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The Player (1992)

 -  Comedy | Crime | Drama  -  10 April 1992 (USA)
7.7
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Ratings: 7.7/10 from 35,967 users   Metascore: 86/100
Reviews: 137 user | 65 critic | 20 from Metacritic.com

A Hollywood studio executive is being sent death threats by a writer whose script he rejected - but which one?

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(screenplay), (novel)
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Title: The Player (1992)

The Player (1992) on IMDb 7.7/10

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Nominated for 3 Oscars. Another 31 wins & 12 nominations. See more awards »

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Cast

Cast overview, first billed only:
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Larry Levy
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Bonnie Sherow
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David Kahane
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Andy Civella
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Tom Oakley
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Dick Mellon
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Detective DeLongpre
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Angela Hall ...
Jan
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Sandy
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Storyline

A studio script screener gets on the bad side of a writer by not accepting his script. The writer is sending him threatening postcards. The screener tries to identify the writer in order to pay him off so he'll be left alone, and then in a case of mistaken identity gone awry, he accidentally gives the writer solid ammunition for blackmail. This plot is written on a backdrop of sleazy Hollywood deals and several subplots involving the politics of the industry. Written by Ed Sutton <esutton@mindspring.com>

Plot Summary | Plot Synopsis

Taglines:

Everything you've heard is true! See more »


Motion Picture Rating (MPAA)

Rated R for language, and for some sensuality | See all certifications »

Parents Guide:

 »
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Details

Country:

Language:

Release Date:

10 April 1992 (USA)  »

Also Known As:

Igrač  »

Box Office

Budget:

$8,000,000 (estimated)

Gross:

$21,706,100 (USA)
 »

Company Credits

Show detailed on  »

Technical Specs

Runtime:

Sound Mix:

Color:

Aspect Ratio:

1.85 : 1
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Did You Know?

Trivia

The film-within-a-film, Habeas Corpus, features a prison gas chamber scene with Susan Sarandon as a saintly onlooker. Sarandon starred as Sister Helen Prejean in Dead Man Walking (1995) directed by Tim Robbins See more »

Goofs

When Mill reads the newspaper story about the murder, a closeup of article reveals that it is just the same few paragraphs printed over and over. See more »

Quotes

[first lines]
Man 1: [voiceover] Quiet on the set.
Woman: [voiceover] OK, everybody, quiet on the set.
Man 2: [voiceover] Scene 1, take 10. Marker.
Man 1: [voiceover] And - action!
See more »

Crazy Credits

Tim Robbins, Fred Ward and Cynthia Stevenson all enter the film when their names appear in the opening credits. See more »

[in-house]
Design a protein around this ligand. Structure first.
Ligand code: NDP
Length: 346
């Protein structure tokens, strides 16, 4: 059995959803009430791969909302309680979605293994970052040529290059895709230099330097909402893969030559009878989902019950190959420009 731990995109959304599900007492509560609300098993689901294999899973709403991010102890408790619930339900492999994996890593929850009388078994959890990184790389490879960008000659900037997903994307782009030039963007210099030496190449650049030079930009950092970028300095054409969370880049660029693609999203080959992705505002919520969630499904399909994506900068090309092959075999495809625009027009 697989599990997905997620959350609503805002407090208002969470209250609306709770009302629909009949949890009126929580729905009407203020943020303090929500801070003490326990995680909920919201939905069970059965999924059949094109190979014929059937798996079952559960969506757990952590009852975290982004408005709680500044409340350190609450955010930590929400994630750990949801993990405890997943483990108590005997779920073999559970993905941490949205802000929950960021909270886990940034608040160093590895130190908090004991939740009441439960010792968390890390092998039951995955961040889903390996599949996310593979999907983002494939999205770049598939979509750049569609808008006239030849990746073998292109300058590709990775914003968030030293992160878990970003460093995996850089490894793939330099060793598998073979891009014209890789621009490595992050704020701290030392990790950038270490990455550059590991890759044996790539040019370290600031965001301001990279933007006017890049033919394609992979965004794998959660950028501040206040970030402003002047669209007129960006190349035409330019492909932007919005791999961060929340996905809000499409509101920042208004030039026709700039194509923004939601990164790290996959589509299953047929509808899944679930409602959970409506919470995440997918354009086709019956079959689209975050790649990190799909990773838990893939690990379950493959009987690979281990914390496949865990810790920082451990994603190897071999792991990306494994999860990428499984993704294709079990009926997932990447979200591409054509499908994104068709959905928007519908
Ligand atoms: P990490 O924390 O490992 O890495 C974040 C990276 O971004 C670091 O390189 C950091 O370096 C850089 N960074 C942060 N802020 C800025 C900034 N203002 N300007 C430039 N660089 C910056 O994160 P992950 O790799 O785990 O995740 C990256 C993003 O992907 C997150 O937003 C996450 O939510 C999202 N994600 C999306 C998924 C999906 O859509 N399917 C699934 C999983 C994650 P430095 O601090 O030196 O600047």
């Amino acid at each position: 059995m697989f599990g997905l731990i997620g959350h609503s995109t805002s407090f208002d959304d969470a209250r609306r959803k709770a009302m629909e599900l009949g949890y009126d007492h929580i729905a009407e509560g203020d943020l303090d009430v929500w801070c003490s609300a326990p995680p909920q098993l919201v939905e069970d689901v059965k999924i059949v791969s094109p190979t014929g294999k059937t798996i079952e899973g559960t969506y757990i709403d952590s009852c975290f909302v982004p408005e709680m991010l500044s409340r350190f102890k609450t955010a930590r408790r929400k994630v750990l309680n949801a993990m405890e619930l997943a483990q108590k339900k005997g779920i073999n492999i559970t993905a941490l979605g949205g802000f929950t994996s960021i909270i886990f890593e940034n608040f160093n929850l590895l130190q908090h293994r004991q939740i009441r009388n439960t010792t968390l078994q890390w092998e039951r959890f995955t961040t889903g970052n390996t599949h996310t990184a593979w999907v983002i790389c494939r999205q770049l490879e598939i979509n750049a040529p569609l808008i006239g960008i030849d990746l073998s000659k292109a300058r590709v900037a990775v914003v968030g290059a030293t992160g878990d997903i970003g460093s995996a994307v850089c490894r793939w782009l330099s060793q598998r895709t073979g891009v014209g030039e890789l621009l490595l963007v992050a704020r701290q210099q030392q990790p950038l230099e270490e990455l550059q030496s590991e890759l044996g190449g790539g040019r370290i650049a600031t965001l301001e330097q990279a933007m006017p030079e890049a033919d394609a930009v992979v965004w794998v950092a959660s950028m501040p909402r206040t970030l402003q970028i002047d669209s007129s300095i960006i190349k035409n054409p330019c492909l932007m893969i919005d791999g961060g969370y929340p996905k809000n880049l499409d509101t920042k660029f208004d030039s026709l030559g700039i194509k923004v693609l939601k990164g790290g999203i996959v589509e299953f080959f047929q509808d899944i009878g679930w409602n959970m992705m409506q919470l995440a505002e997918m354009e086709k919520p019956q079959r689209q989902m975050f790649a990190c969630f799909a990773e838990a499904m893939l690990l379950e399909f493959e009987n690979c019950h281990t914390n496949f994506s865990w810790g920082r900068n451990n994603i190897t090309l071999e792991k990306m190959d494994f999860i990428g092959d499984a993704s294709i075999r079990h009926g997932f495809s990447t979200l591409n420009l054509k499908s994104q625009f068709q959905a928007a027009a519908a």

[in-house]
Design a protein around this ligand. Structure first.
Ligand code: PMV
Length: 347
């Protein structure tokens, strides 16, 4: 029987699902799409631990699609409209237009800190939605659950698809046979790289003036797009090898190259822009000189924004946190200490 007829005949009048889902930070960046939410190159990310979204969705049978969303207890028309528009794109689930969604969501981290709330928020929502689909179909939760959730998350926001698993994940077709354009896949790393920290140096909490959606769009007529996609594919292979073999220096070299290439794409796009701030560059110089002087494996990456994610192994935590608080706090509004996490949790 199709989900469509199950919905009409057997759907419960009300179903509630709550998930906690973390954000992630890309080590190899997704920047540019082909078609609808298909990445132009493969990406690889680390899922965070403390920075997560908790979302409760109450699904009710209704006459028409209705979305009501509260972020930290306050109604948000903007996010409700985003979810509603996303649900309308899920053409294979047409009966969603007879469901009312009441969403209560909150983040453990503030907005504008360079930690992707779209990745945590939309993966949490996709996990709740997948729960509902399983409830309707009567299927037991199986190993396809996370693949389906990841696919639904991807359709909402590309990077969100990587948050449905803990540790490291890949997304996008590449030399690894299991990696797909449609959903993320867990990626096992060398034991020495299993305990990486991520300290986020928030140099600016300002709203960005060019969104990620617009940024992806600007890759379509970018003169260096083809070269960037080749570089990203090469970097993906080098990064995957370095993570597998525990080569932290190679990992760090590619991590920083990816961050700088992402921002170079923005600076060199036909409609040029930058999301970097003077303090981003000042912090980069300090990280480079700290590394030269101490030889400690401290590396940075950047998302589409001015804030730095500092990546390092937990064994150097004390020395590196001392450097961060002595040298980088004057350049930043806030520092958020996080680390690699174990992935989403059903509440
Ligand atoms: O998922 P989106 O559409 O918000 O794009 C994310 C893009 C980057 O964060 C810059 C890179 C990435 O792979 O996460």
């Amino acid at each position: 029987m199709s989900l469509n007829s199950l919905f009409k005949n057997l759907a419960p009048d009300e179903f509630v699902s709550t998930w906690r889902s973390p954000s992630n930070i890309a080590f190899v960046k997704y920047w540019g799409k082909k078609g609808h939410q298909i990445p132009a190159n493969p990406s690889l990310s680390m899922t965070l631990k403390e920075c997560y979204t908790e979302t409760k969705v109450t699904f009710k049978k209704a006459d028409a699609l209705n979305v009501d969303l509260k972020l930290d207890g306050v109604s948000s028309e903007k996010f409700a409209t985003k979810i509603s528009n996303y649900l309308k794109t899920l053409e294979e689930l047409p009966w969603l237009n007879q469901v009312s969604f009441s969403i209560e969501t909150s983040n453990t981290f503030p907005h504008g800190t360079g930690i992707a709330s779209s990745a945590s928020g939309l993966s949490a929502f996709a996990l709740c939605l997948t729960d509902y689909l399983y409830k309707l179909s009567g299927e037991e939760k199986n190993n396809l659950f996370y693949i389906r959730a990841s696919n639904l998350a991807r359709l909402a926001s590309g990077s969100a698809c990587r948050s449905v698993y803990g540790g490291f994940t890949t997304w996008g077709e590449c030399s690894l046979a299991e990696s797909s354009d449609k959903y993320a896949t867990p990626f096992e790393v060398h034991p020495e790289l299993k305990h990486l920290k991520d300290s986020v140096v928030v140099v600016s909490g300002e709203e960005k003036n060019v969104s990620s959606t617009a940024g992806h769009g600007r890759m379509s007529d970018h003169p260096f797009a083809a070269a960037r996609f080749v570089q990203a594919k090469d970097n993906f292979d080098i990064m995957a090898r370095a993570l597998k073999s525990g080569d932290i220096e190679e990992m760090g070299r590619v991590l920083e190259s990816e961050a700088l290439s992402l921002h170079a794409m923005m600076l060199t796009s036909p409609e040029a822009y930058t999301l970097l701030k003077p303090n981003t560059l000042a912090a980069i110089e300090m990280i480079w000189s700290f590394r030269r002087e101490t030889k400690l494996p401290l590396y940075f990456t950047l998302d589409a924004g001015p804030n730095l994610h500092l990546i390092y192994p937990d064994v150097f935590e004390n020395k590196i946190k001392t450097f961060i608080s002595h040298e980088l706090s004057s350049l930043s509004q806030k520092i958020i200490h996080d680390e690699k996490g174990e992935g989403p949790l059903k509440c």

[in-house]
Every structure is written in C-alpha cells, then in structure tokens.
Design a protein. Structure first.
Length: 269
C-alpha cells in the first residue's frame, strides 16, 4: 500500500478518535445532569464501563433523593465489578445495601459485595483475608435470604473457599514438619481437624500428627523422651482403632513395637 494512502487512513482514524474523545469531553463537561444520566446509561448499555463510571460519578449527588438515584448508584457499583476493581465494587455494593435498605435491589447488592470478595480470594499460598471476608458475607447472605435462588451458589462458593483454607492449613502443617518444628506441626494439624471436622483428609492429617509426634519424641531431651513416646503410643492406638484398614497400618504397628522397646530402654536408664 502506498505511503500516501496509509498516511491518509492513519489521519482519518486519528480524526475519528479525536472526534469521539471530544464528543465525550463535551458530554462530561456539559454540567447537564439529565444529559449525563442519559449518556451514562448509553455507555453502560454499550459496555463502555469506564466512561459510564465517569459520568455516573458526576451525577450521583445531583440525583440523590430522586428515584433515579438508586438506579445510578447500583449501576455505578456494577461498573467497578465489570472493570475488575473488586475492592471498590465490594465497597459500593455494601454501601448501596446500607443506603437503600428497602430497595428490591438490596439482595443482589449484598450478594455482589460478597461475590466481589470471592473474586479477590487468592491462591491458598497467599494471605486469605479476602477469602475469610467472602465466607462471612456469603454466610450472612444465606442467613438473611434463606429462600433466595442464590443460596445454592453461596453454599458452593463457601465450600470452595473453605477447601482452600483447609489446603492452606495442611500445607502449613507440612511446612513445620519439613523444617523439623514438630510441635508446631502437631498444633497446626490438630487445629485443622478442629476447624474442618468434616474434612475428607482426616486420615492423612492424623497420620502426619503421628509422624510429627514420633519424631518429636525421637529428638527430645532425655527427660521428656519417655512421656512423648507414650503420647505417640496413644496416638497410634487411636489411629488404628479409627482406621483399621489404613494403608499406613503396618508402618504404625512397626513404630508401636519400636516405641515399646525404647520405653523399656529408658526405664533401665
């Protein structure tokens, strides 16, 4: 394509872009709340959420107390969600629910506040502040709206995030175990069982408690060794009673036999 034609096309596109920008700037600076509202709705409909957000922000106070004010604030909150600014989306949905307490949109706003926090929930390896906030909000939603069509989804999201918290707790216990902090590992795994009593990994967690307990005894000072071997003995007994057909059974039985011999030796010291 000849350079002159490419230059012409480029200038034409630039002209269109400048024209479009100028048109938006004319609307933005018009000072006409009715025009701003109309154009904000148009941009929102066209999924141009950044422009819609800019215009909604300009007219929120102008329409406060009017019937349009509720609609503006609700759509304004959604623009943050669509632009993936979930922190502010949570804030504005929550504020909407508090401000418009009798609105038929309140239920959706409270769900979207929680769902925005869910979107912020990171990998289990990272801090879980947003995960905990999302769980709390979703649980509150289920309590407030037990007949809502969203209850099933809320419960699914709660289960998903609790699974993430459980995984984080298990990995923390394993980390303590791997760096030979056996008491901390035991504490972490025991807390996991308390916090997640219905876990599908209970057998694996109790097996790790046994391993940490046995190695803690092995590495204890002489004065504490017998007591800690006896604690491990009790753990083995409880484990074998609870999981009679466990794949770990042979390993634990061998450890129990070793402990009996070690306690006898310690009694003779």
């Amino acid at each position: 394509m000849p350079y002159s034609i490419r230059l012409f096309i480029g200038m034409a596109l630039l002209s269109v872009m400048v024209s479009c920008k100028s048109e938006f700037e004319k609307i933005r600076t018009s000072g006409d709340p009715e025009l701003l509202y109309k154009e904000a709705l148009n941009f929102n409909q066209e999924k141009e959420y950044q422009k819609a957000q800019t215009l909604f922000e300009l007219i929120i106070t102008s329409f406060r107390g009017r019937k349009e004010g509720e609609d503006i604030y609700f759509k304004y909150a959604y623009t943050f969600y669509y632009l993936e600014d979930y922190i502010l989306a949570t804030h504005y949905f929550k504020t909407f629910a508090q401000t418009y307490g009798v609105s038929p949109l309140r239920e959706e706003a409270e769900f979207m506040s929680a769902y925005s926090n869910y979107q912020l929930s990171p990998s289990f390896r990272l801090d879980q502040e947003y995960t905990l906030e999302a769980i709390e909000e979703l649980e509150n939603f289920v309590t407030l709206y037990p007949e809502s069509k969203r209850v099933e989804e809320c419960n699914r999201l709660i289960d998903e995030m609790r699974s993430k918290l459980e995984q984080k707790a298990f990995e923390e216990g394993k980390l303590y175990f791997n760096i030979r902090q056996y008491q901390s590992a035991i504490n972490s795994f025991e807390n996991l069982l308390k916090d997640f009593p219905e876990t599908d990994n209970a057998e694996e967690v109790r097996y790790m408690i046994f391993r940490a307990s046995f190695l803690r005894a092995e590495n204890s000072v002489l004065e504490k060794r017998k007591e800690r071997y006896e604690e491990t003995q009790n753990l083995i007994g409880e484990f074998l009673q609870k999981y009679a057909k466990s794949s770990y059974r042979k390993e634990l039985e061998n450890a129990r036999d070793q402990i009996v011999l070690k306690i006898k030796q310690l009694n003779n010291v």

Connections

References Touch of Evil (1958) See more »

Soundtracks

DRUMS OF KYOTO
Written & Performed by Kurt Neumann
Copyright Lla-Mann Music
See more »

Frequently Asked Questions

See more (Spoiler Alert!) »

User Reviews

 
Insidiously clever dark comedy
13 November 2005 | by (Vulcan) – See all my reviews

Robert Altman gets under my skin. His films are worthy of great respect, yet they are frequently as irritating as they are brilliant. The Player is, as much as Short Cuts, a quintessential Altman film. It is also one of the best roles Tim Robbins has ever enjoyed.

This film is about Hollywood's dark underbelly. The Player eviscerates its subject by twisting justice, political gamesmanship and artistic integrity into new configurations. For non-film-buffs or non-professionals some of the humor may seem too subtle to notice. To film buffs and insiders, the humor is totally over the top.

Robbins plays a young studio exec who is playing the game to win and seems, at least part of the time, to have a conscience. Everything is going along fine for him until he starts receiving threatening calls and letters from a writer whose screenplays he has rejected, and an arch-rival is promoted to a position just above his own. Paranoia and real danger seem in the periphery of every scene in his life, as the make-believe of his industry and the reality of his life begin to blend freely.

Robbins makes a character who could easily have been totally unlikeable somehow sympathetic. Despite his amazing performance, liking the character makes you feel as if you should go stand in a shower and exfoliate for an hour or so. He is supported by excellent supporting work all around. Especially good are the two major women's roles - played by Greta Scachi and Bonnie Sherrow, and veteran camp character Dean Stockwell.

The photography is liberally and amusingly lifted from several classic thrillers, mysteries and dramas, and comes off fresh and original - not at all like a DePalmaesque bit of visual plagiarism. And the pace is brisk.

The Player is probably my favorite Altman film, and it is easily my favorite Tim Robbins film. It's entertaining, intelligent and, well, it has a bad attitude. See it some night when you're angry and you need a good dark laugh.


27 of 32 people found this review helpful.  Was this review helpful to you?

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